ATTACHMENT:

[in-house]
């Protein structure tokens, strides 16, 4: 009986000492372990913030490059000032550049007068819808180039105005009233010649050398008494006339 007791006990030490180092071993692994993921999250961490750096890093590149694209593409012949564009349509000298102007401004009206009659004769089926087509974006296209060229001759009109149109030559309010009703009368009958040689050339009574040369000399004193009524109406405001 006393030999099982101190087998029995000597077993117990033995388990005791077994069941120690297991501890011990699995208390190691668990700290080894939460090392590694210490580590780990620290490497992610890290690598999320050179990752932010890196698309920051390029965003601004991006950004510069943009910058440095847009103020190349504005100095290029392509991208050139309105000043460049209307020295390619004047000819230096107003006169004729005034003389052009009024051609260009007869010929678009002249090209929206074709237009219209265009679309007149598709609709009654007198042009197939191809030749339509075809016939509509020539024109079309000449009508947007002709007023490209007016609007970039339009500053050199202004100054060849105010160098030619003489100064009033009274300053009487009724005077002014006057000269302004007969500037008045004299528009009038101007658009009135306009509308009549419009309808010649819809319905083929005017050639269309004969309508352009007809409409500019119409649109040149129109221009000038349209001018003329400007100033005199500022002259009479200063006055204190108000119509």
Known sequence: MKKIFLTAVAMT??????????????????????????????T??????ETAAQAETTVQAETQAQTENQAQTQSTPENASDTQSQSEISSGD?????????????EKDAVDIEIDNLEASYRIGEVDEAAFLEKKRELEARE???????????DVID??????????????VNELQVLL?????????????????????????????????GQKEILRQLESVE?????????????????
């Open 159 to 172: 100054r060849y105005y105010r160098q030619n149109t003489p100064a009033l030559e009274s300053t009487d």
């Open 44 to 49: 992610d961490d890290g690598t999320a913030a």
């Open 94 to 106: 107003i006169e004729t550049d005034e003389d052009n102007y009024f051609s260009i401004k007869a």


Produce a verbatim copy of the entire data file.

[in-house]
């Protein structure tokens, strides 16, 4: 009986000492372990913030490059000032550049007068819808180039105005009233010649050398008494006339 007791006990030490180092071993692994993921999250961490750096890093590149694209593409012949564009349509000298102007401004009206009659004769089926087509974006296209060229001759009109149109030559309010009703009368009958040689050339009574040369000399004193009524109406405001 006393030999099982101190087998029995000597077993117990033995388990005791077994069941120690297991501890011990699995208390190691668990700290080894939460090392590694210490580590780990620290490497992610890290690598999320050179990752932010890196698309920051390029965003601004991006950004510069943009910058440095847009103020190349504005100095290029392509991208050139309105000043460049209307020295390619004047000819230096107003006169004729005034003389052009009024051609260009007869010929678009002249090209929206074709237009219209265009679309007149598709609709009654007198042009197939191809030749339509075809016939509509020539024109079309000449009508947007002709007023490209007016609007970039339009500053050199202004100054060849105010160098030619003489100064009033009274300053009487009724005077002014006057000269302004007969500037008045004299528009009038101007658009009135306009509308009549419009309808010649819809319905083929005017050639269309004969309508352009007809409409500019119409649109040149129109221009000038349209001018003329400007100033005199500022002259009479200063006055204190108000119509």
Known sequence: MKKIFLTAVAMT??????????????????????????????T??????ETAAQAETTVQAETQAQTENQAQTQSTPENASDTQSQSEISSGD?????????????EKDAVDIEIDNLEASYRIGEVDEAAFLEKKRELEARE???????????DVID??????????????VNELQVLL?????????????????????????????????GQKEILRQLESVE?????????????????
């Open 159 to 172: 100054r060849y105005y105010r160098q030619n149109t003489p100064a009033l030559e009274s300053t009487d």
């Open 44 to 49: 992610d961490d890290g690598t999320a913030a």
């Open 94 to 106: 107003i006169e004729t550049d005034e003389d052009n102007y009024f051609s260009i401004k007869a």